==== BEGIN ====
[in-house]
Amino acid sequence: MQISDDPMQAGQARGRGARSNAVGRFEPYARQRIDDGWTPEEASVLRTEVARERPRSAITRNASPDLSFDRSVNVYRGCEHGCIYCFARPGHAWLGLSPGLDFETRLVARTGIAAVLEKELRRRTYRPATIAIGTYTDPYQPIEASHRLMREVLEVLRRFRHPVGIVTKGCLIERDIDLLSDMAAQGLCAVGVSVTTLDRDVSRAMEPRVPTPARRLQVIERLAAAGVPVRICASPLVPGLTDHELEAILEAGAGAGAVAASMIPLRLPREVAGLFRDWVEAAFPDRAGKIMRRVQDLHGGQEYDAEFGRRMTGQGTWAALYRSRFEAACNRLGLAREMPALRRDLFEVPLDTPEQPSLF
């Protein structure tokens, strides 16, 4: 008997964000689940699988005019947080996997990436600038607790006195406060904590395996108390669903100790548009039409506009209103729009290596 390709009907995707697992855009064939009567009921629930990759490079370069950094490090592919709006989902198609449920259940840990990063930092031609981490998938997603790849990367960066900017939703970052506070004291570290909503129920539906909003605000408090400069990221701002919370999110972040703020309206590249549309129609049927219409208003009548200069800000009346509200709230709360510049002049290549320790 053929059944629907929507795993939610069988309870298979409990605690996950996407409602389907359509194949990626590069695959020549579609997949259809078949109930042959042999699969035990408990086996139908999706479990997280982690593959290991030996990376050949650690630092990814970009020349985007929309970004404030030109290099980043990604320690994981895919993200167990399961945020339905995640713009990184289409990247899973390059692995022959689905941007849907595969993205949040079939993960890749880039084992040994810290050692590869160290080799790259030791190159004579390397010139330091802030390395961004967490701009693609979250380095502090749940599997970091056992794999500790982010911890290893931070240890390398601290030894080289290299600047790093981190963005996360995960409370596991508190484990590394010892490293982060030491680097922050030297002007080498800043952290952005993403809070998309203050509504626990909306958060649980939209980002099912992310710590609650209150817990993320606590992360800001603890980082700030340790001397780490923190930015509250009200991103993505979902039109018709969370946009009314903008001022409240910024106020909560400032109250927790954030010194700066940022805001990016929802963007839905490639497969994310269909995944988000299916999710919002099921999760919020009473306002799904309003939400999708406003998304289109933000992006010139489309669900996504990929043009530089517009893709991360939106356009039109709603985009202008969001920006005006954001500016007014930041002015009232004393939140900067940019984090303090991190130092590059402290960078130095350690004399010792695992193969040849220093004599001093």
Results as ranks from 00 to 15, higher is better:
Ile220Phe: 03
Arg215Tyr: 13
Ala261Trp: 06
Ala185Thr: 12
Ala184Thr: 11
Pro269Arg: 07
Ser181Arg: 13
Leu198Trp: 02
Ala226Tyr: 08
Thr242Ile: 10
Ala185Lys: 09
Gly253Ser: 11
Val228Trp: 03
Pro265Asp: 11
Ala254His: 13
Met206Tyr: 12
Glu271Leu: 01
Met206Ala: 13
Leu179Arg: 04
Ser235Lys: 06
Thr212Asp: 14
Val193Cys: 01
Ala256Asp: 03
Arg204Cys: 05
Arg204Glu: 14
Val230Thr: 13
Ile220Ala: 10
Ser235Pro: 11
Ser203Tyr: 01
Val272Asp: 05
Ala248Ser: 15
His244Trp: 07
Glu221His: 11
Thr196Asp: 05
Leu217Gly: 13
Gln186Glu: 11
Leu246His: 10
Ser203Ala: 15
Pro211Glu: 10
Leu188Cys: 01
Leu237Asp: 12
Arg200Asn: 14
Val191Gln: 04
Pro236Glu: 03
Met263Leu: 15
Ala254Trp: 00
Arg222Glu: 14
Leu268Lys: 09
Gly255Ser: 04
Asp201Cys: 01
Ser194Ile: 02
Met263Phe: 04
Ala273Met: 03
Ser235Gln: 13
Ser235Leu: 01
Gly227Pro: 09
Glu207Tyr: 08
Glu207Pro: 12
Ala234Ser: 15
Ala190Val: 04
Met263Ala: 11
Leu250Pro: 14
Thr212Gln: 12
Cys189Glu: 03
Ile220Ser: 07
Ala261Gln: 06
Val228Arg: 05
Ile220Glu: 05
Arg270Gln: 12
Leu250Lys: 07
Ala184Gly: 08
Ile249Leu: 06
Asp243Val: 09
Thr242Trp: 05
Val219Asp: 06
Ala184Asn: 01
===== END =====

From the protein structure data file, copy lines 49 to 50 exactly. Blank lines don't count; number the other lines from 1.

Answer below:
Met263Leu: 15
Ala254Trp: 00